Scientists remember Mauna Loa's past eruptions; prepare for future flows

Published On: Feb 12 2014 08:49:31 PM HST   Updated On: Feb 12 2014 09:06:01 PM HST
SOUTH KONA, Hawaii -

It created amazing fountains of fire, drew curious on lookers and threatened the Big Island's biggest town.

1984 was the last time Mauna Loa erupted, and since then, we've learned a lot about the volcano.

Click here to watch Cam Tran's report.

When the world's largest volcano woke up 30 years ago, powerful fountains of fire spewed 100 feet into the air and rivers of molten lava spread across the mountain side. A nine year silence ended with an angry rage on March 25, 1984.

"It was pretty spectacular, and the eruptions themselves were phenomenal," said Volcanologist Frank Trusdell.

Trusdell remembers that eruption vividly. He was one of the scientists on the ground studying Mauna Loa's firey flow.

For 22 days the mountain rumbled as lava flowed at rates as fast as 700 feet per hour. In all, more than 220-million cubic meters of lava spewed from the volcano.

"It was very impressive. The channels themselves were many folds larger than what I've seen on Kilauea, and then being on the ground and watching the flows go by – sometimes you'd have these standing waves that were three to five times my height," Trusdell recalled.
As lava flowed down the volcano's northeastern rift, it threatened Kulani Correctional facility and flowed toward Hilo town, putting many on high alert. Three weeks of fear in a remarkably close call.

"This is the leading edge of the front of the '84 flow that ended right around Apr. 15 of that year. You can see the nearest subdivision is about four miles from the eruption, [and] where it terminated and stopped," said Darryl Oliveria.

Oliveria is the Hawaii County Civil Defense Coordinator. He says even though it's been 30 years since Mauna Loa's violent spectacle, the potential for danger on the Big Island still exists to this day.

"It reminds us that the whole island, primarily in those hazard areas, is vulnerable to an eruption, so we need to keep that in mind with development and where we live," said Oliveria.

Is another eruption on Mauna Loa imminent? No. Could the volcano erupt again? Yes.

"Looking at the eruption history of Mauna Loa, which I've been studying for at least a couple decades now -- long term average, the volcano erupts once every six years," said Trusdell.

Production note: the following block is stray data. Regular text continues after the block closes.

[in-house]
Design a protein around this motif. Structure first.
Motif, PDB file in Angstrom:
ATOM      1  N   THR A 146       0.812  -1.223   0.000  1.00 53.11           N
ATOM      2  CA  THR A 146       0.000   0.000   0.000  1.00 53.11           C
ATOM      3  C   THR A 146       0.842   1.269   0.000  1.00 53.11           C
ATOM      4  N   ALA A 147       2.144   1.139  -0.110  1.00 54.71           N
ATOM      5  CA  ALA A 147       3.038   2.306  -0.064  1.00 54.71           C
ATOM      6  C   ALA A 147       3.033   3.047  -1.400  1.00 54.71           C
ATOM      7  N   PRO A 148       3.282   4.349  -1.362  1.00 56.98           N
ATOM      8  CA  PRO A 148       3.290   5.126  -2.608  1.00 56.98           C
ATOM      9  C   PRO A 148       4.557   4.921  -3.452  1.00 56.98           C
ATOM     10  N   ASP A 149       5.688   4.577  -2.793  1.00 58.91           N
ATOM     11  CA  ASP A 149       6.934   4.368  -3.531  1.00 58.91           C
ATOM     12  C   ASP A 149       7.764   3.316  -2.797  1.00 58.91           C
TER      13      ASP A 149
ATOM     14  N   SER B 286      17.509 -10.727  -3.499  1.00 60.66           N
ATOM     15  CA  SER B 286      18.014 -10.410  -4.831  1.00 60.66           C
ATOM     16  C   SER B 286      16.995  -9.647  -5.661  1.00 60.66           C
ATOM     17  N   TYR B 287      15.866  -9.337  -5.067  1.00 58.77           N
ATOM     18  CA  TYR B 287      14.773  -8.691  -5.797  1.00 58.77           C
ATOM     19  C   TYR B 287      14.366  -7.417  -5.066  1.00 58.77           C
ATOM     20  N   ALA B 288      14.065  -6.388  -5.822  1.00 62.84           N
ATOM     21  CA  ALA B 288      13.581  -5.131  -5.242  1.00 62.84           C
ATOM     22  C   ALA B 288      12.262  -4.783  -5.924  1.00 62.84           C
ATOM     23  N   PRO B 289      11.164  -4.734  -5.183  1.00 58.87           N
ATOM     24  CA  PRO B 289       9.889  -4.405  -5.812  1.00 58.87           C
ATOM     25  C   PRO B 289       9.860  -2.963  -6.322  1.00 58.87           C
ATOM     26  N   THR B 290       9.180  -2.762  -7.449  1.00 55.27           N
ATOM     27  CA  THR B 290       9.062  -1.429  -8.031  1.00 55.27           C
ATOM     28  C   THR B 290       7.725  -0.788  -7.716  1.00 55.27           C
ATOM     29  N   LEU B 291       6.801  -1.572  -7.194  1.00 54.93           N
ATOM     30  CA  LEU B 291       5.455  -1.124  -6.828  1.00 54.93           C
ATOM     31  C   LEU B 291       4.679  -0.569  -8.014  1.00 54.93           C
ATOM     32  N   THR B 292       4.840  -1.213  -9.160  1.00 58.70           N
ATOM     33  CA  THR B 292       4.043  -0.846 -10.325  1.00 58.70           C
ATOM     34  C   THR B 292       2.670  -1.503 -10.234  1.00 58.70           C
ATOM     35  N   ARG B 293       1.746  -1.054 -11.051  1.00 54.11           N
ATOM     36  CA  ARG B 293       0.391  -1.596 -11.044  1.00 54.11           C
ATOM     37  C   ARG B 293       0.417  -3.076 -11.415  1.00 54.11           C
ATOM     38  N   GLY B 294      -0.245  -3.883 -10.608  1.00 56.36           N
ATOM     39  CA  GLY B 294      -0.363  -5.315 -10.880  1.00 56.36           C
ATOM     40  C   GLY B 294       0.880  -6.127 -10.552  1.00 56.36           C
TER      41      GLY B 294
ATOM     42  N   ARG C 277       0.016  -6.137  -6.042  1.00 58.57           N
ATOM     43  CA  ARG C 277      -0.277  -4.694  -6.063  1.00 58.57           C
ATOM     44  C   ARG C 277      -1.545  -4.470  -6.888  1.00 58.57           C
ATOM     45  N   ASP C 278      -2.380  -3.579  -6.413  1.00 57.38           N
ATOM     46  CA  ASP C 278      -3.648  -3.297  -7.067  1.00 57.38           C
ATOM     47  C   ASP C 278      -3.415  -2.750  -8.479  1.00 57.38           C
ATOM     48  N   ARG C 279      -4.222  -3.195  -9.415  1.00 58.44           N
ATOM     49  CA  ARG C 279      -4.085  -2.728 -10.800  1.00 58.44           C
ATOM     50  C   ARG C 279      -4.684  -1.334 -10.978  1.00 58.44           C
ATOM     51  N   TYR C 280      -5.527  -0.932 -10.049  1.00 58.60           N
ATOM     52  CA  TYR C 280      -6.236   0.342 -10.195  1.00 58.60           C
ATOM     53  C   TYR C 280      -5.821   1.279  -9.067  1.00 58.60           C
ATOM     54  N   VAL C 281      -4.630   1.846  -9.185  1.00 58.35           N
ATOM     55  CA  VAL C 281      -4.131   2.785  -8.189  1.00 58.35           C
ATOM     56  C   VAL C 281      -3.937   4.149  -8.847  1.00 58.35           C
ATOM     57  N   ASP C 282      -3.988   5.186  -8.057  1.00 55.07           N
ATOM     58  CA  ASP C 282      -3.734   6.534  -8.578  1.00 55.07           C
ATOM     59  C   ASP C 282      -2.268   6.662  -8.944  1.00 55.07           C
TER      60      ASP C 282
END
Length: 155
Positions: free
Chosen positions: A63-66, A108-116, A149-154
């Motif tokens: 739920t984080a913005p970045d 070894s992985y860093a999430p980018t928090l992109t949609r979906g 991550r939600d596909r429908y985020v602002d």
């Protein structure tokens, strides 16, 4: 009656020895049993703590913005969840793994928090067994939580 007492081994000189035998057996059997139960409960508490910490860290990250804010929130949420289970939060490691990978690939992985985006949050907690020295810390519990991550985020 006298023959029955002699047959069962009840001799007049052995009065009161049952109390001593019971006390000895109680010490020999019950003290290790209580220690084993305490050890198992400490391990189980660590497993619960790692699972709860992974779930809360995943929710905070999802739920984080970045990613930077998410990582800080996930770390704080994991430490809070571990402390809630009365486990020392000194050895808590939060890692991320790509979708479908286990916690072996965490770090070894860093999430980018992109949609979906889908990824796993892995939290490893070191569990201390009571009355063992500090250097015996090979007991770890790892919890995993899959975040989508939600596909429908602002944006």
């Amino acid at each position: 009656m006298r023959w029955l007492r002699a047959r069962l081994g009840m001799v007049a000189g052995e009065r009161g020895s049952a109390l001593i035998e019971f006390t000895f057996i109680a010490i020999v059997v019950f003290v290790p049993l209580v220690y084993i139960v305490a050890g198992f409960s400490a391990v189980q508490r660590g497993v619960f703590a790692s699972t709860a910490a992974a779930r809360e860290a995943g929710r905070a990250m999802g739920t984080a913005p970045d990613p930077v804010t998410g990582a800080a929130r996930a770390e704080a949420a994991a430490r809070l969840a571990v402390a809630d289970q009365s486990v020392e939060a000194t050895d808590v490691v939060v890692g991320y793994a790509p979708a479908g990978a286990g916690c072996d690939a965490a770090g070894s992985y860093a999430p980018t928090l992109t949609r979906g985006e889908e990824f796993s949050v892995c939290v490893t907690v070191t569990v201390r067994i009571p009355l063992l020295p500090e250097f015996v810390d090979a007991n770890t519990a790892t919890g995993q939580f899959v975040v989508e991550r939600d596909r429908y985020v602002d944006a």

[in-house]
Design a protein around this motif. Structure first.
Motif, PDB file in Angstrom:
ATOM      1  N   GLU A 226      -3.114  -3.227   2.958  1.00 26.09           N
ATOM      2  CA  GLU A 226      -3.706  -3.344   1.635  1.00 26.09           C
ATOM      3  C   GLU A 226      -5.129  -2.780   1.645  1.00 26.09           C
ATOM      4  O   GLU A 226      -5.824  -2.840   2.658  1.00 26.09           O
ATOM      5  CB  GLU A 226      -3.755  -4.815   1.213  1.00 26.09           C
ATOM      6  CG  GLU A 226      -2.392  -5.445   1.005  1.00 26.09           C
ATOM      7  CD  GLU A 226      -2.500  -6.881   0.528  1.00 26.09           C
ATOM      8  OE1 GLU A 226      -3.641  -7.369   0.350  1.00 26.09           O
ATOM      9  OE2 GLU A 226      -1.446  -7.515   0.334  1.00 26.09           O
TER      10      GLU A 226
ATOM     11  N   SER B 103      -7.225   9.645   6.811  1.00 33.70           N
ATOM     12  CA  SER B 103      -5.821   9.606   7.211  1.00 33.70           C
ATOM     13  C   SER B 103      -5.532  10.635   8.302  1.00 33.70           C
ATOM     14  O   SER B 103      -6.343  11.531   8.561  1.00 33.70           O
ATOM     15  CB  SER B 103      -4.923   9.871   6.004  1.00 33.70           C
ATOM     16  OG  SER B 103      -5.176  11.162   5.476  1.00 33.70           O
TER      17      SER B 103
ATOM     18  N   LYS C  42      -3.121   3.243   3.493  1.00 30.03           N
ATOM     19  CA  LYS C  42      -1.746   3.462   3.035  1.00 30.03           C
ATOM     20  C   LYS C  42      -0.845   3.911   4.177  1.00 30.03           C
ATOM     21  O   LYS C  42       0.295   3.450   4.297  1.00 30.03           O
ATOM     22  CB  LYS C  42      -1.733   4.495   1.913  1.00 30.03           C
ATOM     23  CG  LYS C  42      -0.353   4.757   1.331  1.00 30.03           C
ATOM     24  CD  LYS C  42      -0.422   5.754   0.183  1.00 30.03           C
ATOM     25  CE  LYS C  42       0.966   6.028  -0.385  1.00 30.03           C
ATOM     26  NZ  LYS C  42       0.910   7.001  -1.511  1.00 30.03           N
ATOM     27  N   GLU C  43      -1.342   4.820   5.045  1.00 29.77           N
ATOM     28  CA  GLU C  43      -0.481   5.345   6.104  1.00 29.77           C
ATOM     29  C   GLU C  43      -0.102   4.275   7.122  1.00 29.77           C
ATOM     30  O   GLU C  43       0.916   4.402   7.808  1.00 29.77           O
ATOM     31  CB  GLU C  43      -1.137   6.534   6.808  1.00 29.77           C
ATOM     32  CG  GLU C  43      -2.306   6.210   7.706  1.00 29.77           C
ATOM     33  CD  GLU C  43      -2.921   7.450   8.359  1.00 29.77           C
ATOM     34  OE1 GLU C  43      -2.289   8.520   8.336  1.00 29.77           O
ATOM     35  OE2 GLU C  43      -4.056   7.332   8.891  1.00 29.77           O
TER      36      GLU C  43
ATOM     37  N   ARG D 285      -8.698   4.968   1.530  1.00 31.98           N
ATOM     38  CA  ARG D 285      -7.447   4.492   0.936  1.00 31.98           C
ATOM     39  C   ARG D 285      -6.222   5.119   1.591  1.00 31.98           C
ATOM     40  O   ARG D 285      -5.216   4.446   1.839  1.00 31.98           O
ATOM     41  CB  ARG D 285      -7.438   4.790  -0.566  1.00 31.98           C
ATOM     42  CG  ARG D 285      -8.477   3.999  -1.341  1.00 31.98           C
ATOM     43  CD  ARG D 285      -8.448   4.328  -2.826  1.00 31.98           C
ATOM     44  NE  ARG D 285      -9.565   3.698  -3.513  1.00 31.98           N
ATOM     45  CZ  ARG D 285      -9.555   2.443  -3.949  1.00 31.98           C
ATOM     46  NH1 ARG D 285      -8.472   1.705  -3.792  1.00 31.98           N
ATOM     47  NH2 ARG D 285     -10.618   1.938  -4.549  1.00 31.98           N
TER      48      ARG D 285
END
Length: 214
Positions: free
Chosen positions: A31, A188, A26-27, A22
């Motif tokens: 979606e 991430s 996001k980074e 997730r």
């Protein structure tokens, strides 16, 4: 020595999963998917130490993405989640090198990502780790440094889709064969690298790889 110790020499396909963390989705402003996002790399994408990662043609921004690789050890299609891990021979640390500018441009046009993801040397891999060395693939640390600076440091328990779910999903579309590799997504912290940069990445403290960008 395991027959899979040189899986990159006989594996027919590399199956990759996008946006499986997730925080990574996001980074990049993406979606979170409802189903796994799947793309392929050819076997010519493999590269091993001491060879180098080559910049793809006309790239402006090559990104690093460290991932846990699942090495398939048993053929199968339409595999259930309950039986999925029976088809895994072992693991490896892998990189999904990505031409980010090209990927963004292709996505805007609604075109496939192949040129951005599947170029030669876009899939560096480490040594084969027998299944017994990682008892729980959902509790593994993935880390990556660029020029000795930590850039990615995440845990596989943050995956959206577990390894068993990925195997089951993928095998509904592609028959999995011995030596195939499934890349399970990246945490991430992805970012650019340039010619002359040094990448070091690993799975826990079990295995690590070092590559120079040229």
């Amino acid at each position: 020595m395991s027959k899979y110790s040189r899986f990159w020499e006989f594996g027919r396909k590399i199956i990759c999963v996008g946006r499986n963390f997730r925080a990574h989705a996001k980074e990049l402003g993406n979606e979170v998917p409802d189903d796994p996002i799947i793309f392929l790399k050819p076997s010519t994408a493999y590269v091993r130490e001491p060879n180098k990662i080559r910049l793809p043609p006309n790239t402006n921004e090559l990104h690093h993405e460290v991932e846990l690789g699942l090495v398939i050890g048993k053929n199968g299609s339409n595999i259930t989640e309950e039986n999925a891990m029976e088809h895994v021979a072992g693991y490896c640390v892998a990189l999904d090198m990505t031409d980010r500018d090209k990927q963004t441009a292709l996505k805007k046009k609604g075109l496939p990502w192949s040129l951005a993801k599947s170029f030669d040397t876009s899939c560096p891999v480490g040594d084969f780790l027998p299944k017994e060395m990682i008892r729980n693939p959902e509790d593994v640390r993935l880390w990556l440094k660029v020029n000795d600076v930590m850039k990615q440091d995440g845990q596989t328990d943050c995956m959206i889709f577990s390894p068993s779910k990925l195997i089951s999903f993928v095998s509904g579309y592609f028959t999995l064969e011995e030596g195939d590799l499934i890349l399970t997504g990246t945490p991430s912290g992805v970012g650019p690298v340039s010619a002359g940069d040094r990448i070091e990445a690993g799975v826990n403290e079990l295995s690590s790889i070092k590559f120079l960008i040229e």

That's the average, but right now there has not been much activity. In fact you can see it in the seismic plots of the most recent eruptions in 1975 and 1984, and the slowed activity in seismic plots for the last two years.

If Mauna Loa were to erupt again, scientists -- using data from the '84 eruption -- can now better track the lava flow and pinpoint areas of impact. That is something they could not do before.

Crucial information such as the location of where the eruption occurs on the mountain, can determine the speed of the flow. For example, an eruption on the southwest side could go from 11,000 feet to the ocean in just three hours, while on the east side, it could take days or months.
Mauna Loa is a site so many flock to see and a moneymaking opportunity for some.
"It shot up here for about eight hours and it kind of stopped," said Kurt Wakimoto.

Wakimoto, a long time Hilo resident, lived through the 1984 eruption. He is a t-shirt producer and made big bucks selling shirts to tourists who came to witness Mother Nature's firey fury.

"Well it king of dictated the economy here which is a good thing I think. Madam Pele brings us money," said Wakimoto.

Whether it's for the money or to view the molten lava, we wait for the next time this volcano wakes up again.


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